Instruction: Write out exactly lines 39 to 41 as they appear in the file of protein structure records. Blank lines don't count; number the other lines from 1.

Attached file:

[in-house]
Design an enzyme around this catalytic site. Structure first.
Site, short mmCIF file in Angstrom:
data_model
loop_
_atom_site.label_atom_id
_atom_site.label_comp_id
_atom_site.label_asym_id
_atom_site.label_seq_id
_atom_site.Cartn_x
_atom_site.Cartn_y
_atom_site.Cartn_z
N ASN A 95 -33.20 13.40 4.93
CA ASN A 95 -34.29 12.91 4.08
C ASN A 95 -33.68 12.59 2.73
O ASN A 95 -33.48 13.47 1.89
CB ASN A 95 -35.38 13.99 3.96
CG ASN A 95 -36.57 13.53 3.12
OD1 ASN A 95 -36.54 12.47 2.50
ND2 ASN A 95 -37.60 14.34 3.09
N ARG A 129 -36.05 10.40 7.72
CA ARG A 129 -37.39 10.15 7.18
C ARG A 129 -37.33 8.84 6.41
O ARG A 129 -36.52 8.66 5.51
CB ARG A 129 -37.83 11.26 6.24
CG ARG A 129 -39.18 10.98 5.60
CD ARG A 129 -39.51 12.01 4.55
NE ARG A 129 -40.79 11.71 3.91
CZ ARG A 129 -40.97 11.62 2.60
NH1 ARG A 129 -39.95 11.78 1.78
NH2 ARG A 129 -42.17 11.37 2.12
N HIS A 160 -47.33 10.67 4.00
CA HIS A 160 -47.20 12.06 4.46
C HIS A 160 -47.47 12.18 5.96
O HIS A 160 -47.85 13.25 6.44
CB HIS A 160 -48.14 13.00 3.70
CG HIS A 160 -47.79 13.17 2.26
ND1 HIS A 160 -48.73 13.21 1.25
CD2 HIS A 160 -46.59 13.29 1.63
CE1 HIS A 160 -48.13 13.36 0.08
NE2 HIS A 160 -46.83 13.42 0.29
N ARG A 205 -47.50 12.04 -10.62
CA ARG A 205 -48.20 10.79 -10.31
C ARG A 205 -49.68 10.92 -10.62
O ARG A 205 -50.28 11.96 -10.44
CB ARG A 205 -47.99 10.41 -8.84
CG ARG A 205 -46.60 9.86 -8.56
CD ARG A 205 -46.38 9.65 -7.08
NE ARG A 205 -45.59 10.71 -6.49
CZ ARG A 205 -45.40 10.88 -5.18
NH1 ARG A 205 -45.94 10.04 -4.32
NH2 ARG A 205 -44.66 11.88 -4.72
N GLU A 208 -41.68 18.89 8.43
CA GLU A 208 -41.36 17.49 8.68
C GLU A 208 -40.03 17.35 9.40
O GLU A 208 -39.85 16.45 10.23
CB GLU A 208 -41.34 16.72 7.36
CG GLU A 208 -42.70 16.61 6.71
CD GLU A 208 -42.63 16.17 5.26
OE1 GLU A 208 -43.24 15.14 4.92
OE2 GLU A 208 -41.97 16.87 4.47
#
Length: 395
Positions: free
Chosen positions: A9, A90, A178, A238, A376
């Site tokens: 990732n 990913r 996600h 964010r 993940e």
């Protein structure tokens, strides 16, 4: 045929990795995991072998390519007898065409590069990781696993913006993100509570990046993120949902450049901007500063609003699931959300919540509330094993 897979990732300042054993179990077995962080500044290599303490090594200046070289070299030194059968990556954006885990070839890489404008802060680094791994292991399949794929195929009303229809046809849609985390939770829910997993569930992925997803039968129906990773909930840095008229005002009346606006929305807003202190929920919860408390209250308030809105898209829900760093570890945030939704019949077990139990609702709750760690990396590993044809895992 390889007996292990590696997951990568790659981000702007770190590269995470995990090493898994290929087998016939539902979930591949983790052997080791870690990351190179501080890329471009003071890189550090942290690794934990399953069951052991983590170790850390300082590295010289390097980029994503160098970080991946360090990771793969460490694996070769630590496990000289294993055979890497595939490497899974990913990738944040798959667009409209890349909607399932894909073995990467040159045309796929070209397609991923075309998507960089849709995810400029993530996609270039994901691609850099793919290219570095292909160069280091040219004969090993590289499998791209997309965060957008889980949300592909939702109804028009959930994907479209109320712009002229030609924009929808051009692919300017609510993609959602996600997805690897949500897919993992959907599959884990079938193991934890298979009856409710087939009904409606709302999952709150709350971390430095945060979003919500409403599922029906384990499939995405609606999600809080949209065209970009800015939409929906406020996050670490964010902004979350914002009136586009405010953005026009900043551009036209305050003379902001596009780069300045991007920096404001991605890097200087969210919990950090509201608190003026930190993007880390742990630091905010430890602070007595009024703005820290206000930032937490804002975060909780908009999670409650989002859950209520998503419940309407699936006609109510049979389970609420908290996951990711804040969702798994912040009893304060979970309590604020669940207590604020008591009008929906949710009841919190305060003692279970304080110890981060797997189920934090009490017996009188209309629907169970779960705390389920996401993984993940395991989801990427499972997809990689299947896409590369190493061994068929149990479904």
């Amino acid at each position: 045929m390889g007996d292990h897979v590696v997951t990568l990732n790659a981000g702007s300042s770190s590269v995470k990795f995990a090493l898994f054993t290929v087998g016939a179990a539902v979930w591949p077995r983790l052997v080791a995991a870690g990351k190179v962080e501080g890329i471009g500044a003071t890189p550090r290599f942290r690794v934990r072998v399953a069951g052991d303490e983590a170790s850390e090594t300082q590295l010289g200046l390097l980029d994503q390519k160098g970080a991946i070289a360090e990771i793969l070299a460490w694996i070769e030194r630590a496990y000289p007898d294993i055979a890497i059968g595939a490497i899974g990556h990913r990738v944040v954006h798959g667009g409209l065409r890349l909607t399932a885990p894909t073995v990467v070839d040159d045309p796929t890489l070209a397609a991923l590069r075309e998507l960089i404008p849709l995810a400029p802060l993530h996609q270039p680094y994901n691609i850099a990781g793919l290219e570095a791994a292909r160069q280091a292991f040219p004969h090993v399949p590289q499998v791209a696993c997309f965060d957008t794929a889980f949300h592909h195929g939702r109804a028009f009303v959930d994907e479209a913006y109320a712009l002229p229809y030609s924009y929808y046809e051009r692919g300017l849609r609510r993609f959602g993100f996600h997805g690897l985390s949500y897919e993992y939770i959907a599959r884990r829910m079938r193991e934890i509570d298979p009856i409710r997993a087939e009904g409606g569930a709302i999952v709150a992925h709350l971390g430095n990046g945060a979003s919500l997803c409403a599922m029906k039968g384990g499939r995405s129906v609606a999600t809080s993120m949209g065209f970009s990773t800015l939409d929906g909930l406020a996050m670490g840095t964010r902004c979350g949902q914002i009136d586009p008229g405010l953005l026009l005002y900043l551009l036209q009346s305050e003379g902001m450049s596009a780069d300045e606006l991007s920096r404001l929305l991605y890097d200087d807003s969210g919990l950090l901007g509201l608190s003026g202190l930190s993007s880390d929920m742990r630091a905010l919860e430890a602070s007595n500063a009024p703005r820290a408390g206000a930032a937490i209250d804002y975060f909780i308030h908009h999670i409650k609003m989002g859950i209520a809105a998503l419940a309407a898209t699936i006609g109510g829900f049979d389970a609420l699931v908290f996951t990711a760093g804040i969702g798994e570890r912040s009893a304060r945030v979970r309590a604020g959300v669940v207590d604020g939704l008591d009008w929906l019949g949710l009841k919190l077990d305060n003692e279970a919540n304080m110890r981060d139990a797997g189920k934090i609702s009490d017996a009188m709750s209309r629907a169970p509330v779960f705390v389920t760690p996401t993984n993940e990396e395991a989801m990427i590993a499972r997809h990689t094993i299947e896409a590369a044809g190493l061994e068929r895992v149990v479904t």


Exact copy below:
CD2 HIS A 160 -46.59 13.29 1.63
CE1 HIS A 160 -48.13 13.36 0.08
NE2 HIS A 160 -46.83 13.42 0.29